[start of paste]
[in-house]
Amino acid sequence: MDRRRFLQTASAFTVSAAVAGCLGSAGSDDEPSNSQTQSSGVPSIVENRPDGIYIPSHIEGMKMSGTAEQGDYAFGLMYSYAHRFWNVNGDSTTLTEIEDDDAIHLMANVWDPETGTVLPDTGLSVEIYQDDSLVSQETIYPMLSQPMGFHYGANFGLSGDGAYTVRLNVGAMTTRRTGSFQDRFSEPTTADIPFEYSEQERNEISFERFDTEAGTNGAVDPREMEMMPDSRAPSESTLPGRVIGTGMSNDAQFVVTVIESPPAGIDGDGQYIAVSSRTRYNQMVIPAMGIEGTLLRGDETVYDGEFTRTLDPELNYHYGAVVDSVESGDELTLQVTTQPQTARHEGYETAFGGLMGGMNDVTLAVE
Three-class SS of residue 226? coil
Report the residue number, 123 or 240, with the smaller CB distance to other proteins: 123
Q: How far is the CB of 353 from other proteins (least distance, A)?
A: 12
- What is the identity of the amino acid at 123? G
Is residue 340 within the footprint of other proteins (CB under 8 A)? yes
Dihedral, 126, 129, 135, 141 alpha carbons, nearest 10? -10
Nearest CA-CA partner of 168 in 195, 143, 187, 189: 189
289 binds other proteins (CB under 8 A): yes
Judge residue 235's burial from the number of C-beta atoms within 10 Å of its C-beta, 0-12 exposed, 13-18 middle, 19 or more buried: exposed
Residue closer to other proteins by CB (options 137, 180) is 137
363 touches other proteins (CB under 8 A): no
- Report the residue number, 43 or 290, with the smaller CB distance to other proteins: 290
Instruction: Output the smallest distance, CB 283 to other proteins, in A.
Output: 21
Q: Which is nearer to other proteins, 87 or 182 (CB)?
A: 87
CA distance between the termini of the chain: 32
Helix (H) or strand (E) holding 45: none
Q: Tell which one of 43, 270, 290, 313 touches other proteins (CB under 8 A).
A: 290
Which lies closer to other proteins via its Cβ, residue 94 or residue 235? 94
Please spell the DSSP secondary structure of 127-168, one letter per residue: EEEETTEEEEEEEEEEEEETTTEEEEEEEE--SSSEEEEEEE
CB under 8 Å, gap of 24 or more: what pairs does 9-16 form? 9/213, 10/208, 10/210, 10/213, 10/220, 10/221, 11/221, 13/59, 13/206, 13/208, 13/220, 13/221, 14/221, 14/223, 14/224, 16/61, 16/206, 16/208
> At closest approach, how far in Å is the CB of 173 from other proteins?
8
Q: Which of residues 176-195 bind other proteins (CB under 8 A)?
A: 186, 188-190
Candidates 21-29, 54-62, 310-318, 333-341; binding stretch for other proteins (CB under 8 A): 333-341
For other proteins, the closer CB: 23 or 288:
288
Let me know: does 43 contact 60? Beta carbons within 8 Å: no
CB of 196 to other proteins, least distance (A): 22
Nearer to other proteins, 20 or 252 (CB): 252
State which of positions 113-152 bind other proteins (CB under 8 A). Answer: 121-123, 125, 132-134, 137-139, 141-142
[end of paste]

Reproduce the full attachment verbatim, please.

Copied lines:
[in-house]
Amino acid sequence: MDRRRFLQTASAFTVSAAVAGCLGSAGSDDEPSNSQTQSSGVPSIVENRPDGIYIPSHIEGMKMSGTAEQGDYAFGLMYSYAHRFWNVNGDSTTLTEIEDDDAIHLMANVWDPETGTVLPDTGLSVEIYQDDSLVSQETIYPMLSQPMGFHYGANFGLSGDGAYTVRLNVGAMTTRRTGSFQDRFSEPTTADIPFEYSEQERNEISFERFDTEAGTNGAVDPREMEMMPDSRAPSESTLPGRVIGTGMSNDAQFVVTVIESPPAGIDGDGQYIAVSSRTRYNQMVIPAMGIEGTLLRGDETVYDGEFTRTLDPELNYHYGAVVDSVESGDELTLQVTTQPQTARHEGYETAFGGLMGGMNDVTLAVE
Three-class SS of residue 226? coil
Report the residue number, 123 or 240, with the smaller CB distance to other proteins: 123
Q: How far is the CB of 353 from other proteins (least distance, A)?
A: 12
- What is the identity of the amino acid at 123? G
Is residue 340 within the footprint of other proteins (CB under 8 A)? yes
Dihedral, 126, 129, 135, 141 alpha carbons, nearest 10? -10
Nearest CA-CA partner of 168 in 195, 143, 187, 189: 189
289 binds other proteins (CB under 8 A): yes
Judge residue 235's burial from the number of C-beta atoms within 10 Å of its C-beta, 0-12 exposed, 13-18 middle, 19 or more buried: exposed
Residue closer to other proteins by CB (options 137, 180) is 137
363 touches other proteins (CB under 8 A): no
- Report the residue number, 43 or 290, with the smaller CB distance to other proteins: 290
Instruction: Output the smallest distance, CB 283 to other proteins, in A.
Output: 21
Q: Which is nearer to other proteins, 87 or 182 (CB)?
A: 87
CA distance between the termini of the chain: 32
Helix (H) or strand (E) holding 45: none
Q: Tell which one of 43, 270, 290, 313 touches other proteins (CB under 8 A).
A: 290
Which lies closer to other proteins via its Cβ, residue 94 or residue 235? 94
Please spell the DSSP secondary structure of 127-168, one letter per residue: EEEETTEEEEEEEEEEEEETTTEEEEEEEE--SSSEEEEEEE
CB under 8 Å, gap of 24 or more: what pairs does 9-16 form? 9/213, 10/208, 10/210, 10/213, 10/220, 10/221, 11/221, 13/59, 13/206, 13/208, 13/220, 13/221, 14/221, 14/223, 14/224, 16/61, 16/206, 16/208
> At closest approach, how far in Å is the CB of 173 from other proteins?
8
Q: Which of residues 176-195 bind other proteins (CB under 8 A)?
A: 186, 188-190
Candidates 21-29, 54-62, 310-318, 333-341; binding stretch for other proteins (CB under 8 A): 333-341
For other proteins, the closer CB: 23 or 288:
288
Let me know: does 43 contact 60? Beta carbons within 8 Å: no
CB of 196 to other proteins, least distance (A): 22
Nearer to other proteins, 20 or 252 (CB): 252
State which of positions 113-152 bind other proteins (CB under 8 A). Answer: 121-123, 125, 132-134, 137-139, 141-142